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Opposing Motions to Dismiss

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Opposing Motions to Dismiss

Judges are granting more motions to dismiss—and getting past the starting gate is tougher than it was in past decades. Making matters worse, by the time you respond, the judge has already heard the defendant’s side of the story and may feel ready to dismiss your case. How can you make a comeback and ensure your case proceeds to discovery? Join professional brief writer Jonathan Hilton as he shares ten tips you can put into practice right away in opposing these common motions.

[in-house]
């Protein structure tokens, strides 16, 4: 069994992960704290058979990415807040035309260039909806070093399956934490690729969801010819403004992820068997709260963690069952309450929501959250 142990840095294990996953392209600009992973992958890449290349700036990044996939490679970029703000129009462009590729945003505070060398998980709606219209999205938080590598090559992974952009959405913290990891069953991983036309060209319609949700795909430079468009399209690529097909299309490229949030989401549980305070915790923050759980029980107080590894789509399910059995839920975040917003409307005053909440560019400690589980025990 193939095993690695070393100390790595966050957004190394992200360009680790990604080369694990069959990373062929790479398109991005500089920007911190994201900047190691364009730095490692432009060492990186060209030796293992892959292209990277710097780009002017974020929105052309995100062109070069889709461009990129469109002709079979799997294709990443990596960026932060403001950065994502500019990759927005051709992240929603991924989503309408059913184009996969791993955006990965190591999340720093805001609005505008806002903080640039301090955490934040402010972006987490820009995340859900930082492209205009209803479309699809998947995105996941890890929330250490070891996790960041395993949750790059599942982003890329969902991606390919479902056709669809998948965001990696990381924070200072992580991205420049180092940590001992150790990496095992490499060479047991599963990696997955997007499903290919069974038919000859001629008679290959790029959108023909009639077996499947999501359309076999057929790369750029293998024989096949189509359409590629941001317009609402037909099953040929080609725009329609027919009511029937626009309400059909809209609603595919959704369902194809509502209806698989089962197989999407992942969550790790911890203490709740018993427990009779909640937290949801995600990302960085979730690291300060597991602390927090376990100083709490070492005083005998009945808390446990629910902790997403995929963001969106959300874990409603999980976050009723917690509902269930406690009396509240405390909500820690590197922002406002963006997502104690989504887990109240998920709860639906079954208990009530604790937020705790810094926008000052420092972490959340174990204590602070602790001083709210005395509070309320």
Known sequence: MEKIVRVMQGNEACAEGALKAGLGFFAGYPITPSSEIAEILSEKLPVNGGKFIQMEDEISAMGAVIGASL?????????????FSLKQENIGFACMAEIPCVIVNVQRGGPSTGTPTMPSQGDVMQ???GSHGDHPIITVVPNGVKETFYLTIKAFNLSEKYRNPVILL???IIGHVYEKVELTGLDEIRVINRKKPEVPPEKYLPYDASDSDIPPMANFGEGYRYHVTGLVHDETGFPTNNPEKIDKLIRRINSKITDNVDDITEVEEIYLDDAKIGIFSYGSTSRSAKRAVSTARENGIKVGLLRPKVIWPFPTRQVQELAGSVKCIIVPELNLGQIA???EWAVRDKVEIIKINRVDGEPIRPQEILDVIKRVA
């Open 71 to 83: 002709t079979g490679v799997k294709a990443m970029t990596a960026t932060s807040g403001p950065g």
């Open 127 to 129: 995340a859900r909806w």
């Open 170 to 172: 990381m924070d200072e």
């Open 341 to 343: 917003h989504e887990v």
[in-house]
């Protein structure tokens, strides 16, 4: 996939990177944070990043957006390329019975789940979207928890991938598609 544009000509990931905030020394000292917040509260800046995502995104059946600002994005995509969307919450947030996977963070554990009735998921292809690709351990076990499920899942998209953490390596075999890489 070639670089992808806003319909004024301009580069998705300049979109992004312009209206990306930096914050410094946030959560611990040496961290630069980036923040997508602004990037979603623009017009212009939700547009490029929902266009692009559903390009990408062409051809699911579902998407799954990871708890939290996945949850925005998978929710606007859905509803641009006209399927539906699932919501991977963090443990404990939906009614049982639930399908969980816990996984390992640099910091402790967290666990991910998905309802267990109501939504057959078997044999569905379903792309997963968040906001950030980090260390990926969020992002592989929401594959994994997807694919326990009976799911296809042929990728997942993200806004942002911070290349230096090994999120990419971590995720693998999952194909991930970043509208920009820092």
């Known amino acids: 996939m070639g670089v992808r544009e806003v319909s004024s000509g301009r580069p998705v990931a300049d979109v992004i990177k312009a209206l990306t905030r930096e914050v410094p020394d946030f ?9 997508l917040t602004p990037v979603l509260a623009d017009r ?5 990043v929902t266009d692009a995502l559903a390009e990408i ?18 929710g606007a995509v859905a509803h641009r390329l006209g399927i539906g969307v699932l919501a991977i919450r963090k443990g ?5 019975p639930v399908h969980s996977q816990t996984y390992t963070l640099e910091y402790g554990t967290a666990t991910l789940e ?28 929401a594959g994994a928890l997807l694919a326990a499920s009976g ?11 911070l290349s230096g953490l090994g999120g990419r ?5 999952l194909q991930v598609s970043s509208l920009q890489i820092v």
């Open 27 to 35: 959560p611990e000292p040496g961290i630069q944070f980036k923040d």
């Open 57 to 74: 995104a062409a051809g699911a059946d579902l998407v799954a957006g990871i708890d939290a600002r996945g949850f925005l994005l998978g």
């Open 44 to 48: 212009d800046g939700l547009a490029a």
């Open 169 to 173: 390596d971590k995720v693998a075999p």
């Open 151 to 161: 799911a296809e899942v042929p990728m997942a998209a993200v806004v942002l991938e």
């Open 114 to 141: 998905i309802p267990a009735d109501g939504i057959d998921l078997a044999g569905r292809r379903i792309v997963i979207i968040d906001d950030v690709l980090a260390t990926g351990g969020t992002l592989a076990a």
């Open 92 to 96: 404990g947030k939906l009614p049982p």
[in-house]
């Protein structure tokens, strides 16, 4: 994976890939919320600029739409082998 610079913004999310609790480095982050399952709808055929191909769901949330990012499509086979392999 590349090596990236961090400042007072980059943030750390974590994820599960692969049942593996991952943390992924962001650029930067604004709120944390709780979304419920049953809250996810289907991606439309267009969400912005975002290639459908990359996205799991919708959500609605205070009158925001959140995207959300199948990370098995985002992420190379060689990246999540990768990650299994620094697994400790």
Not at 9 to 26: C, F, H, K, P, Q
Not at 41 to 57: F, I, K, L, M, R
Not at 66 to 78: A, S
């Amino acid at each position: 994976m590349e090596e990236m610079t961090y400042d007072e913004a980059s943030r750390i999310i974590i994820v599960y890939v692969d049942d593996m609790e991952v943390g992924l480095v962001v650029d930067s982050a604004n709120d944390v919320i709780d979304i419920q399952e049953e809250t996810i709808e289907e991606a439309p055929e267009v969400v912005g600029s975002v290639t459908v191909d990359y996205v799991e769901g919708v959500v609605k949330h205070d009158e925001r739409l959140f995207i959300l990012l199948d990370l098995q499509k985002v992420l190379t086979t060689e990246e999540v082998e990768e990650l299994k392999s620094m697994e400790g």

Transcript